[I]t doesn’t seem normal to me. Granted, in my job as a Los Angeles County deputy district attorney, I don’t run across fake hate crimes that often. Most of my career has been spent prosecuting gang members for murder. (I speak here as a private citizen and not on behalf of my office.) But I have also spent my career in courthouses alongside Deputy D.A.s prosecuting a spectrum of crimes, from driving on a suspended license on the low end, all the way up to child molestation, sex trafficking, and serial murder — and everything in between. And I can tell you that it is not typical in my experience for 16 felonies to be dismissed for essentially nothing.

Smollett’s disposition is especially unusual given the resources put into this case. Keep in mind: “24 detectives were removed from regular cases, expending up to 1,000 hours” of police time, not including overtime. This was a major effort, and simply dismissing all charges contributes to the increasing suspicion on the part of regular citizens that there are two tiers of justice: one for the rich and famous, and another for the rest of us.

I save the trolling for the end.

Former Lawmaker Accuses Joe Biden Of Kissing Her Without Consent (UPDATE ADDED)

Filed under: General — Dana @ 4:46 pm

[guest post by Dana]

Hoo-boy. For years I’ve railed about Joe Biden’s creepy handsiness when it comes to women other than his wife. While I’m not the least bit surprised that a former politician has accused Biden of kissing her on the campaign trail in 2014, I am surprised that she is publicly speaking out about it and not giving him cover for his bad behavior like powerful Democrats have done for years. And if everyday Americans have noticed the former vice-president’s incessant handsiness with women, then you know that everyone from President Obama to Nancy Pelosi to Hillary Clinton to Loretta Lynch and everyone else who has worked with Biden, also knew. But to my knowledge, no one has come forward to make a direct and public complaint. Until now.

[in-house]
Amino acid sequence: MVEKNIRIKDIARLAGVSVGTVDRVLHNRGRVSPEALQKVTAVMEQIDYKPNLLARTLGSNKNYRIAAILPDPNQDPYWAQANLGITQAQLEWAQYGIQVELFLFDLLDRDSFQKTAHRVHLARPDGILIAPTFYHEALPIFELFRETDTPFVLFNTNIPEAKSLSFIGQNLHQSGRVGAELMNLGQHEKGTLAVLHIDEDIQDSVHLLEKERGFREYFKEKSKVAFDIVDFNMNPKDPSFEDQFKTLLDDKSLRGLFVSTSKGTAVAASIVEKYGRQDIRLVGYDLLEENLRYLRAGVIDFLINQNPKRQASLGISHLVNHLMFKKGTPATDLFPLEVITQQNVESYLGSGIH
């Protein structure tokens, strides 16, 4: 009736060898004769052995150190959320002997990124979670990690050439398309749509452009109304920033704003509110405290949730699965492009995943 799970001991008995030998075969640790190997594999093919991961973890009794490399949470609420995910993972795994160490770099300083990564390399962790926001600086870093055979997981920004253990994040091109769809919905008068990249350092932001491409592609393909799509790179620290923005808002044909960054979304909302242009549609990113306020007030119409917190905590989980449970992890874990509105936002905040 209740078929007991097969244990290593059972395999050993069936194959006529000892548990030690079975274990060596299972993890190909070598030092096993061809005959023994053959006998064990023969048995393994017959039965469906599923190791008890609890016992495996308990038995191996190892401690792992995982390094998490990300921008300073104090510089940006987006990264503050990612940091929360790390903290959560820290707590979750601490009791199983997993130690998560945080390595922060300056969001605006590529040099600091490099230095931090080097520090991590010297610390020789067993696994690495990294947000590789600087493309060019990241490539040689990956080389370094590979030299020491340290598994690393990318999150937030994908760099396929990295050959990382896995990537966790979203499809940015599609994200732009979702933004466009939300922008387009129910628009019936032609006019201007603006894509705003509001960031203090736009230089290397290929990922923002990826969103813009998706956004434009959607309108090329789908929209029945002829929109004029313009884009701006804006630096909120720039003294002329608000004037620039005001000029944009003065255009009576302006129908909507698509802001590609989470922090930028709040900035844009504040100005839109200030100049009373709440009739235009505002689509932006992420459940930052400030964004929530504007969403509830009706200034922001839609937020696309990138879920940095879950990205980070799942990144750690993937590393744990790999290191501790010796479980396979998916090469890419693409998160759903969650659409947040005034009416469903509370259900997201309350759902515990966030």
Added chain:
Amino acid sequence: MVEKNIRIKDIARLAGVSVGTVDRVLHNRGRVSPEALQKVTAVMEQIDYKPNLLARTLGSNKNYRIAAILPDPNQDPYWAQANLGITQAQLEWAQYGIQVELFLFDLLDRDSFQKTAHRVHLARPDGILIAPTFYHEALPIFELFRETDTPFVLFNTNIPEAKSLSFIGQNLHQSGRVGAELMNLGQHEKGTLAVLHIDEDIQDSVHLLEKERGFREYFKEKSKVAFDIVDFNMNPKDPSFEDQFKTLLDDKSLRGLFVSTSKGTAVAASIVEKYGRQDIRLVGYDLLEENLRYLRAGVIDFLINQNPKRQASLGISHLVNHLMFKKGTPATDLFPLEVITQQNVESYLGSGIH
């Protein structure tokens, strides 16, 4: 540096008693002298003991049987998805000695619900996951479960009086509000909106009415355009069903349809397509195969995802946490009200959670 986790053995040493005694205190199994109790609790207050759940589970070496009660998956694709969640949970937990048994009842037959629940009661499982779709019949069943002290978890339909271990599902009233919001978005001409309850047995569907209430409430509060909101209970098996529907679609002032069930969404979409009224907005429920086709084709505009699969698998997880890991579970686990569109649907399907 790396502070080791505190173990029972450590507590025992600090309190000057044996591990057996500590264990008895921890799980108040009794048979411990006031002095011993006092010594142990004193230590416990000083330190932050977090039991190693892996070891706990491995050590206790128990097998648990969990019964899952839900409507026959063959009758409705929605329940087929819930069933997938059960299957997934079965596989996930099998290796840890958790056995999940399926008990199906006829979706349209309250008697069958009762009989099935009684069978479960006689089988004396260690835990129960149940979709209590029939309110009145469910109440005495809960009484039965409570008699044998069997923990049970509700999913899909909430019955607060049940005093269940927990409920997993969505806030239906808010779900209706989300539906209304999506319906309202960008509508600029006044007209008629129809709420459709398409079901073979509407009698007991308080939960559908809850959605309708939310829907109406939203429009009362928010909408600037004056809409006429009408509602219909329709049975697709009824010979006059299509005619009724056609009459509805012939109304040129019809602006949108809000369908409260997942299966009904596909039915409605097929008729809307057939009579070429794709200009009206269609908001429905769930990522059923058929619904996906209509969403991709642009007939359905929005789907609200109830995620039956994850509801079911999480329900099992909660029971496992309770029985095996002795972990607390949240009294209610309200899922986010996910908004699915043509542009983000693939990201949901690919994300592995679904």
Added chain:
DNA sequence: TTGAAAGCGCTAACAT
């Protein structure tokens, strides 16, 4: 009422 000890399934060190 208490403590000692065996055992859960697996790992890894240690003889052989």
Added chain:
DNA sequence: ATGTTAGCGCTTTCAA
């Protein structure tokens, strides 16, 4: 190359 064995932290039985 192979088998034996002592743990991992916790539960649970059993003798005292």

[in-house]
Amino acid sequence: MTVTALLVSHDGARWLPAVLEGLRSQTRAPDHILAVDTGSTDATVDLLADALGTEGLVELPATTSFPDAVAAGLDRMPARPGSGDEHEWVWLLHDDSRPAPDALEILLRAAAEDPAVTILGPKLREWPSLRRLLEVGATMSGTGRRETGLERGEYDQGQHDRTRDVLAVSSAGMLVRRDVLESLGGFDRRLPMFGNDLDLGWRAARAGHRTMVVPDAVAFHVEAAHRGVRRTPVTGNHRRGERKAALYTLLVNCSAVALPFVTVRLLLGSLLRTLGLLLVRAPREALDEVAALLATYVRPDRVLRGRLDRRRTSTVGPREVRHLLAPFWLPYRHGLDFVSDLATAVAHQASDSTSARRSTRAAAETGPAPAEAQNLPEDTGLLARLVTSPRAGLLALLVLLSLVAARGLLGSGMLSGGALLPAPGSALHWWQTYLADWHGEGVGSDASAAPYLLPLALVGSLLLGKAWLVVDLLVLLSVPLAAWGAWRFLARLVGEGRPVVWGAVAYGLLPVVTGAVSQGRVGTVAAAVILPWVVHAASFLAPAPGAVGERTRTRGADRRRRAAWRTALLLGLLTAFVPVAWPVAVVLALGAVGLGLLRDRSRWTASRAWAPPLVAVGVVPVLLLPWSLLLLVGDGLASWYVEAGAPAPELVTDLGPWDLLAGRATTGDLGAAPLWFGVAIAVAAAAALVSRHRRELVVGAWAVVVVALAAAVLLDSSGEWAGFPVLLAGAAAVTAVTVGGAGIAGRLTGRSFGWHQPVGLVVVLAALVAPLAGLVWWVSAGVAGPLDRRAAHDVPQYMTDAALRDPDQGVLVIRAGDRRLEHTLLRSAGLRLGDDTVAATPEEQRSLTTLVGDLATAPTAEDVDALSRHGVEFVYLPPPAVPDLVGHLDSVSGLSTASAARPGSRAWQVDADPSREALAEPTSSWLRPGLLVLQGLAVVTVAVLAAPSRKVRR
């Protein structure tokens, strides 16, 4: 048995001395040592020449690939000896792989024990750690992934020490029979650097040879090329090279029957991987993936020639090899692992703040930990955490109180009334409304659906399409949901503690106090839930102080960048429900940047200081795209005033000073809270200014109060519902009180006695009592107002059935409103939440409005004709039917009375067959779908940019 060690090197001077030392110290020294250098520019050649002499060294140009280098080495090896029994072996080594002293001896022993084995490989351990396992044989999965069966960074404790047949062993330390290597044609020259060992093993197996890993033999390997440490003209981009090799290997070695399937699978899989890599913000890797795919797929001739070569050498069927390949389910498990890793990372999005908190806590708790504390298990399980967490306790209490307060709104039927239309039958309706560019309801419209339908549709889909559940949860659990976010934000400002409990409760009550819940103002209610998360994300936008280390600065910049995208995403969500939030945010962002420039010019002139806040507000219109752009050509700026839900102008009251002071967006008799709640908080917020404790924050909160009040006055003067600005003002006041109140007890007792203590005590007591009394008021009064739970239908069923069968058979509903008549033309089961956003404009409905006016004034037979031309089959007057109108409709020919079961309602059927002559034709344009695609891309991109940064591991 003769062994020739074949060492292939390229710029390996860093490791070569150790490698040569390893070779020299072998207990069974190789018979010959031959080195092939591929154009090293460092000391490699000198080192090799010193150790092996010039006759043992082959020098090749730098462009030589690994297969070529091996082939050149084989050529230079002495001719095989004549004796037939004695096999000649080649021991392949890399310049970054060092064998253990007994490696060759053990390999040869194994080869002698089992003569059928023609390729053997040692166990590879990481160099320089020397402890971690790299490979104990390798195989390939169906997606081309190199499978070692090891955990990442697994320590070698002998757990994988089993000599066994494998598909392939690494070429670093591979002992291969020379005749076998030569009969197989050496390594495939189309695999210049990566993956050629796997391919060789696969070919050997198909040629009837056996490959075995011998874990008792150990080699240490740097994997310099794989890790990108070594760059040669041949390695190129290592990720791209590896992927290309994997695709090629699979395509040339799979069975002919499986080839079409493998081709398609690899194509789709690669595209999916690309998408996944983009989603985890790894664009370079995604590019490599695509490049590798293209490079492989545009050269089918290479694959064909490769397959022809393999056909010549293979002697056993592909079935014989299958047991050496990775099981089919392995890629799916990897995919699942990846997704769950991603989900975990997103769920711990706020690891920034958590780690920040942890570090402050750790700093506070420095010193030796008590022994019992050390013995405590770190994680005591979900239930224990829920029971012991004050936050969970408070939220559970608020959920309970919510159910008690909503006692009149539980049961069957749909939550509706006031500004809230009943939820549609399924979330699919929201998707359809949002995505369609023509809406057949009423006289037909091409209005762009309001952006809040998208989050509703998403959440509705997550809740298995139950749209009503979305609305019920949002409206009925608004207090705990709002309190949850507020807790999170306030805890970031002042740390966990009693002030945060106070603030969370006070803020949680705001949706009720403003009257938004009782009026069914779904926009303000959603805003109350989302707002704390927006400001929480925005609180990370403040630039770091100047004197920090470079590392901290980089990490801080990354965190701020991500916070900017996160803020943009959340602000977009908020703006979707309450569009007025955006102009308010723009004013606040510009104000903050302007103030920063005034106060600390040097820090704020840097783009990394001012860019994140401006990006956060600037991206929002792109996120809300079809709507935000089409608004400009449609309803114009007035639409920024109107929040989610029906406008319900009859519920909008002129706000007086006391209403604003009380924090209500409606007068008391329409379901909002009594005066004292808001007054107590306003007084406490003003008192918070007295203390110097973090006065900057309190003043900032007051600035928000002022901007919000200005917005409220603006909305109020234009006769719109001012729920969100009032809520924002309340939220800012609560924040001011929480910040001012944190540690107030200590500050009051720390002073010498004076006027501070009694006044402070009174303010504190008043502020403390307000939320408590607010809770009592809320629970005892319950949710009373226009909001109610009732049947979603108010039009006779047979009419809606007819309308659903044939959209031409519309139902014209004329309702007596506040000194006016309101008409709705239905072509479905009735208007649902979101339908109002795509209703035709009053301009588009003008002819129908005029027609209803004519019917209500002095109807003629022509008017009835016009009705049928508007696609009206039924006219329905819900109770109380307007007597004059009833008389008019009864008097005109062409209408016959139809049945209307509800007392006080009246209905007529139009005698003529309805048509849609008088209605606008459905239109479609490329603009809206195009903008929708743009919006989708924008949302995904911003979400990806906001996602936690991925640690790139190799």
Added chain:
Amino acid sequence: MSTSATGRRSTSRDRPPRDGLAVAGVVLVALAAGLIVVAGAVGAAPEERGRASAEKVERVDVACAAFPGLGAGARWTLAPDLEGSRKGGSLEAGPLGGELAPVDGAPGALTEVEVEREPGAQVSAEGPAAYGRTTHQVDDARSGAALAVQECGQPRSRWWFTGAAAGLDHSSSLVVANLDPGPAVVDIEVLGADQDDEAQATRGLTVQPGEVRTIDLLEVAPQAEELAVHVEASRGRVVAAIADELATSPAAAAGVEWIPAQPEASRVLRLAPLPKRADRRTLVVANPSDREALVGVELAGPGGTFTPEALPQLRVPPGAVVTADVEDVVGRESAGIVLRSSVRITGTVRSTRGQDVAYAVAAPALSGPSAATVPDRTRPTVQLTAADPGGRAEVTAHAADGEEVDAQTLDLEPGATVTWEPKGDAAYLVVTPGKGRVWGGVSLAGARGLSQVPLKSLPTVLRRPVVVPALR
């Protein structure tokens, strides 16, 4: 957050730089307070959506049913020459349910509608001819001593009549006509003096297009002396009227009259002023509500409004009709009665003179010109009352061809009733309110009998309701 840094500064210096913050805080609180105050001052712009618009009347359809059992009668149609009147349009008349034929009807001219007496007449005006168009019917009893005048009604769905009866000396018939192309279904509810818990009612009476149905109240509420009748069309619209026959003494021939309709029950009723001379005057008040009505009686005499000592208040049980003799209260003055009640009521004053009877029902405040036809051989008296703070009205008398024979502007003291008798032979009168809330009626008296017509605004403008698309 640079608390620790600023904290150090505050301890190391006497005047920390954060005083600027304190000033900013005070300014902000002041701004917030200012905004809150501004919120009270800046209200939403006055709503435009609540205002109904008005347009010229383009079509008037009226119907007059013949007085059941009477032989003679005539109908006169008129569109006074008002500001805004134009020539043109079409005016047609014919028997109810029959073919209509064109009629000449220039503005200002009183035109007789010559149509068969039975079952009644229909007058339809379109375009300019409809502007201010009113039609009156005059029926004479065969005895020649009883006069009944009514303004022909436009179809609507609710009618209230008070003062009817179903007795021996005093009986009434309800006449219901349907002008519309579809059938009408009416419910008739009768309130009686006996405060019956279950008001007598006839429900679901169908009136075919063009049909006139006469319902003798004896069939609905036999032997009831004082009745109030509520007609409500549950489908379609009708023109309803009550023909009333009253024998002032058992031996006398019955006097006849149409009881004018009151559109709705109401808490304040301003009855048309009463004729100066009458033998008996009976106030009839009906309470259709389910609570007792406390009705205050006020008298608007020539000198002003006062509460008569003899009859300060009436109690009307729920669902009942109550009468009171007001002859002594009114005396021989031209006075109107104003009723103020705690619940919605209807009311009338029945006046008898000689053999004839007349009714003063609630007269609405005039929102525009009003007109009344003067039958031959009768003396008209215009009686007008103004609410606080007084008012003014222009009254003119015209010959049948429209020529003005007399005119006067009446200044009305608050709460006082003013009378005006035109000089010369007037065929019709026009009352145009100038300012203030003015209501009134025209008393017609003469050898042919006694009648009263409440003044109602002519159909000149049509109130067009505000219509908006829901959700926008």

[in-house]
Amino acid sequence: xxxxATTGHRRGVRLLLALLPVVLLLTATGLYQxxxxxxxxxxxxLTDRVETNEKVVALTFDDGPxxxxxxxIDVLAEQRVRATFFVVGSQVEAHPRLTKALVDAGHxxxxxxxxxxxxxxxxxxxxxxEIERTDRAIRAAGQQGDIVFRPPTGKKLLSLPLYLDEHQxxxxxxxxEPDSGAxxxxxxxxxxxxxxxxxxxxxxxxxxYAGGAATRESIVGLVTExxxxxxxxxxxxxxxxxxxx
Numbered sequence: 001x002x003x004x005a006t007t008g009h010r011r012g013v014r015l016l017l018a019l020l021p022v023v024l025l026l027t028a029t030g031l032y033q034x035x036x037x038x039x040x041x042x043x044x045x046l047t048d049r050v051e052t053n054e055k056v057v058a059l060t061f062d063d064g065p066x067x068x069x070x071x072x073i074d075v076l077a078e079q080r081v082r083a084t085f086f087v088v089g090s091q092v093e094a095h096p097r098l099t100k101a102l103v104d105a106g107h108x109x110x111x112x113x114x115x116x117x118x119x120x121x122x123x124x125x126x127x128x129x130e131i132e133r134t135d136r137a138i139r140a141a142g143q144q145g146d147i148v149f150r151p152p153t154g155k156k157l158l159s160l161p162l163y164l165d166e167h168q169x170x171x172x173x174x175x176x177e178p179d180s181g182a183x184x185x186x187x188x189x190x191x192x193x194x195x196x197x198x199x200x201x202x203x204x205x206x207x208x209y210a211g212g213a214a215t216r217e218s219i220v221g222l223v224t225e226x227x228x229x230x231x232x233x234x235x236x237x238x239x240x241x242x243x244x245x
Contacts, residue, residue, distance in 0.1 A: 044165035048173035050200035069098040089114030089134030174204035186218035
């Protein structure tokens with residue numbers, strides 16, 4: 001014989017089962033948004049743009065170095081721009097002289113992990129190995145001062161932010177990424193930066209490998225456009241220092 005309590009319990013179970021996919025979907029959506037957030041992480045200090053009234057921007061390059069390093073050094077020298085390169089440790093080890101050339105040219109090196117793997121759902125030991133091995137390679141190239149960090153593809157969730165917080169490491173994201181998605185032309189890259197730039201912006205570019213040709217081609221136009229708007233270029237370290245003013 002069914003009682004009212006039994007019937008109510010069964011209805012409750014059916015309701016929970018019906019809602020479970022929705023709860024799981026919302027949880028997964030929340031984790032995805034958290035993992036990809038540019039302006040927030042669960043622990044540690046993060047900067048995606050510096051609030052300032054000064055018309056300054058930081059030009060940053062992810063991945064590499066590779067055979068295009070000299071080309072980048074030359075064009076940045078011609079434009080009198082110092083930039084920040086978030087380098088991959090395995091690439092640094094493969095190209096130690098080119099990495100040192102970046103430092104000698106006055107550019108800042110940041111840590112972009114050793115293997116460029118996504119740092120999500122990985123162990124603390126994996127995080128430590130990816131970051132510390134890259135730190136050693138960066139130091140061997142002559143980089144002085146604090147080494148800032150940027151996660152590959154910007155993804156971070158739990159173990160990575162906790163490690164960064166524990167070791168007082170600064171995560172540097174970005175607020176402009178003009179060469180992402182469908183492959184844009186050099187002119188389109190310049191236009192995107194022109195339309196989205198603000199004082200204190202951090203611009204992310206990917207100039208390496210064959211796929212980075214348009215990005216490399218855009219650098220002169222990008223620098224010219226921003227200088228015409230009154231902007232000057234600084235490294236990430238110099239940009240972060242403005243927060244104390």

From Lucy Flores writing in The Cut:

…when my campaign heard from Vice-President Joe Biden’s office that he was looking to help me and other Democrats in the state, I was grateful and flattered. His team offered to bring him to a campaign rally in an effort to help boost voter turnout. We set the date for November 1, just three days before election day.I found my way to the holding room for the speakers, where everyone was chatting, taking photos, and getting ready to speak to the hundreds of voters in the audience. Just before the speeches, we were ushered to the side of the stage where we were lined up by order of introduction. As I was taking deep breaths and preparing myself to make my case to the crowd, I felt two hands on my shoulders. I froze. “Why is the vice-president of the United States touching me?”

I felt him get closer to me from behind. He leaned further in and inhaled my hair. I was mortified. I thought to myself, “I didn’t wash my hair today and the vice-president of the United States is smelling it. [Ed. Seriously? Your concern was that you hadn’t washed your hair and it didn’t smell pretty for the veep? Oh. Come. On.] And also, what in the actual fuck? Why is the vice-president of the United States smelling my hair?” He proceeded to plant a big slow kiss on the back of my head. My brain couldn’t process what was happening. I was embarrassed. I was shocked. I was confused. There is a Spanish saying, “tragame tierra,” it means, “earth, swallow me whole.” I couldn’t move and I couldn’t say anything. I wanted nothing more than to get Biden away from me. My name was called and I was never happier to get on stage in front of an audience.